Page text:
Russia sent 'several hundred' troops into Ukraine: US official

Unidentified armed men stand guard at the airport in Simferopol, Crimea on Feb 28, 2014. Armed men took control of two airports in the Crimea region on Friday in what the new Ukrainian leadership described as an invasion by Moscow's forces.
Unidentified armed men stand guard at the airport in Simferopol, Crimea on Feb 28, 2014. Armed men took control of two airports in the Crimea region on Friday in what the new Ukrainian leadership described as an invasion by Moscow's forces. -- PHOTO: REUTERS

WASHINGTON (AFP) - Russia has sent "several hundred" troops into Ukraine's Crimea region, US defense officials said on Friday, after Kiev called on Moscow to withdraw its forces from the peninsula.

The comments marked the first confirmation from President Barack Obama's administration that Russia had launched an incursion into Crimea.

"It looks like they've moved several hundred troops there (into Crimea)," a senior defense official, who spoke on condition of anonymity, told AFP.

The Russians had not given the US government advance notice of the action or explained its intentions since the operation was launched, officials said.

But Pentagon officials stressed Washington was focused on diplomacy, and there was no serious consideration being given to any US military action.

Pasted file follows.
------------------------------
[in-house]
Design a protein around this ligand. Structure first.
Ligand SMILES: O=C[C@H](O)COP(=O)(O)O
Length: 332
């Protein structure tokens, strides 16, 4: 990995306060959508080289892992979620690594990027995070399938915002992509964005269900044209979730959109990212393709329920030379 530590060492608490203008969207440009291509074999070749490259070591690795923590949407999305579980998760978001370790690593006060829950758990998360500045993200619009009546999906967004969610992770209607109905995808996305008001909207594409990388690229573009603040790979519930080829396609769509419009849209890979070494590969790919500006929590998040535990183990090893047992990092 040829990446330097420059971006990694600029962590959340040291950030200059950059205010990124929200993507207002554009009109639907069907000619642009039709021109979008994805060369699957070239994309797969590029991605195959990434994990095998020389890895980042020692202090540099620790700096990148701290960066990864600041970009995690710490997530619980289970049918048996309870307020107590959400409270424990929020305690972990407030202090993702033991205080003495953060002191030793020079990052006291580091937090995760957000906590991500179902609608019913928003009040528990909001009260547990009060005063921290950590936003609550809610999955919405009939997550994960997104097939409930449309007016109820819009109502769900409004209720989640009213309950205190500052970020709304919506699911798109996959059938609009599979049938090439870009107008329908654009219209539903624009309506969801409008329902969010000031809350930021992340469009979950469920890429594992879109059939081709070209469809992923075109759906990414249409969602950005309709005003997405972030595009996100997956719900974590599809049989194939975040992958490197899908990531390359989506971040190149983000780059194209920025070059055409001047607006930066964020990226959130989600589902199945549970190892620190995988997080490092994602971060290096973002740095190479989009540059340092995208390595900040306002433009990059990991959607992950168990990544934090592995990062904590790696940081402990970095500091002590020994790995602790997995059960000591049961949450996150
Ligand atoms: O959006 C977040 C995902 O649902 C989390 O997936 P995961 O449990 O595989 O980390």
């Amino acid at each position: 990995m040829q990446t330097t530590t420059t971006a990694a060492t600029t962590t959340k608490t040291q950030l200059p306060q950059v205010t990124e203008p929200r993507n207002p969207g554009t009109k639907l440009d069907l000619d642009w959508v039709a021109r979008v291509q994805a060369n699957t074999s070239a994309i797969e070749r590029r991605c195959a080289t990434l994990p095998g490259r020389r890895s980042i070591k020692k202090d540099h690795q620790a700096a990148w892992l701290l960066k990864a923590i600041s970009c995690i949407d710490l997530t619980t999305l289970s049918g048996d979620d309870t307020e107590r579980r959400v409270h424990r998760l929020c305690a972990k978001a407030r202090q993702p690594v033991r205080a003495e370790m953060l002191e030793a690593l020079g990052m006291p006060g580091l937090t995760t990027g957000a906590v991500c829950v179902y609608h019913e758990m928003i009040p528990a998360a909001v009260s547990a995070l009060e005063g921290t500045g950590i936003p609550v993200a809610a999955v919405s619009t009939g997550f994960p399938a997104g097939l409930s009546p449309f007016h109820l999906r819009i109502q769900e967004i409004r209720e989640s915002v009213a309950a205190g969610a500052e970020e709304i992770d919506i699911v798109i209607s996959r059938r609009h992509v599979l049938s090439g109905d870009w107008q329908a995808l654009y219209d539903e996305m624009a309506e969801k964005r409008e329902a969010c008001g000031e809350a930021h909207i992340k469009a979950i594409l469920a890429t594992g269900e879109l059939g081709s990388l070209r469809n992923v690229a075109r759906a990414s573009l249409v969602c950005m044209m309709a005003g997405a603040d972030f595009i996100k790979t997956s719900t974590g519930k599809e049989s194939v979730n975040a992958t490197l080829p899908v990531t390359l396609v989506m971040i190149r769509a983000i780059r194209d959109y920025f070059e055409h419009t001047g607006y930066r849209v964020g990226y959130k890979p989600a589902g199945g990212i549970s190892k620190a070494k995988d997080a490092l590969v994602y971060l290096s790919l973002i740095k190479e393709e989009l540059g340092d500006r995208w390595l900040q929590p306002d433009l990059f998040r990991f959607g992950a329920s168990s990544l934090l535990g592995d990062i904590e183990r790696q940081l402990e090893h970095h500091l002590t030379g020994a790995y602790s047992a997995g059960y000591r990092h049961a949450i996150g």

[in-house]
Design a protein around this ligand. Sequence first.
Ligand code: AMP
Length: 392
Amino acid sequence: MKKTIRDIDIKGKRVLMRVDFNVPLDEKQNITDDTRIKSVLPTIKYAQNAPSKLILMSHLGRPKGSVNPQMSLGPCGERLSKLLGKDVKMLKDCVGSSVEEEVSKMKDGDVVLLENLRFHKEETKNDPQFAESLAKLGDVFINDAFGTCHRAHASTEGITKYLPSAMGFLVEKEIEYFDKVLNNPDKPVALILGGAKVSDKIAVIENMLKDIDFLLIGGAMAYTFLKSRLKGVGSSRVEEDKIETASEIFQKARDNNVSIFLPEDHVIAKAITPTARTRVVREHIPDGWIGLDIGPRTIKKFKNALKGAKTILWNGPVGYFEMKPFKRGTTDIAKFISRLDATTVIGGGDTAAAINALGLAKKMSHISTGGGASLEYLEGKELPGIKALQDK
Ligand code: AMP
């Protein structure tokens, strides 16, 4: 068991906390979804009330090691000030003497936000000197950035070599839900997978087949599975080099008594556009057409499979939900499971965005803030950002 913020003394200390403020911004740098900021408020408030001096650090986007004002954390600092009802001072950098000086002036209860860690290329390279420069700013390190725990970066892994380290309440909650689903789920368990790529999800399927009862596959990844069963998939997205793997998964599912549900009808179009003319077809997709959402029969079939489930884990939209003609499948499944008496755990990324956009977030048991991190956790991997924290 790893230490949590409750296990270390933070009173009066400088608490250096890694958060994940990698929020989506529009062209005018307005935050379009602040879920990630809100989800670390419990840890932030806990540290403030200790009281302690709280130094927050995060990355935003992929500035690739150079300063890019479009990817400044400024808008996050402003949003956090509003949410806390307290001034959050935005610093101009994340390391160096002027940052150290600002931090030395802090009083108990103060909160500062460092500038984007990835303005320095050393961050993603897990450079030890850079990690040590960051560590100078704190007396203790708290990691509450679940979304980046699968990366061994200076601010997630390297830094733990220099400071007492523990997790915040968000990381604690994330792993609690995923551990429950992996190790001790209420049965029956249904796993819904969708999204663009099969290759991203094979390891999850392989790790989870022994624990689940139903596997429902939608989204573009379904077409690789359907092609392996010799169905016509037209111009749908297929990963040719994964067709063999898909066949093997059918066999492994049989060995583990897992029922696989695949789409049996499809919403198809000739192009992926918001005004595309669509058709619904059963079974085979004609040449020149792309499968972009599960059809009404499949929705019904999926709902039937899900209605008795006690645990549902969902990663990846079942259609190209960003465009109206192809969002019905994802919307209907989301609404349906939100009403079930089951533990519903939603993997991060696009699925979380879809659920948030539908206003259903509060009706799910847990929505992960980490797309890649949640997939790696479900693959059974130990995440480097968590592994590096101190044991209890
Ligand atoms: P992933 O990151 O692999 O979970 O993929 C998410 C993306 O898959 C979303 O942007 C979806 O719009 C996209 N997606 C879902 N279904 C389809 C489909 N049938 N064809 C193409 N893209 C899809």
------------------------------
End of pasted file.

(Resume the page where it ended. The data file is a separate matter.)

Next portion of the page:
"It is now in the realm of diplomacy," said a second defense official, who asked not to be named.

Officials also said they were not aware of any request from Ukraine for military assistance.

Military officers said so far there were no reports of any armed clash between Russian and Ukrainian troops.

Pentagon spokesman Rear Admiral John Kirby declined to say if the Obama administration shared Ukraine's view that the Russians had staged an "invasion" of Crimea.

"We're assessing the situation, and we are not prepared to characterize it," Kirby told reporters.

US officials pointed out that Washington did not intervene in a conflict in 2008 when Russia sent troops into Georgia over the disputed breakaway provinces of South Ossetia and Abkhazia.

Ukraine's interim president Oleksandr Turchynov earlier accused Russian soldiers and local pro-Kremlin militia of staging raids on Crimea's main airport and another base on the southwest of the peninsula where pro-Moscow sentiments run high.

AFP reporters in Crimea said dozens of men in battle fatigues and armed with Kalashnikovs encircled Simferopol airport late on Friday.

Witnesses also reported seeing several armored vehicles rumble across Simferopol's main streets and at least eight cargo planes bearing the Russian tricolour flag landing at a Ukrainian military air base just north of the city on Friday evening.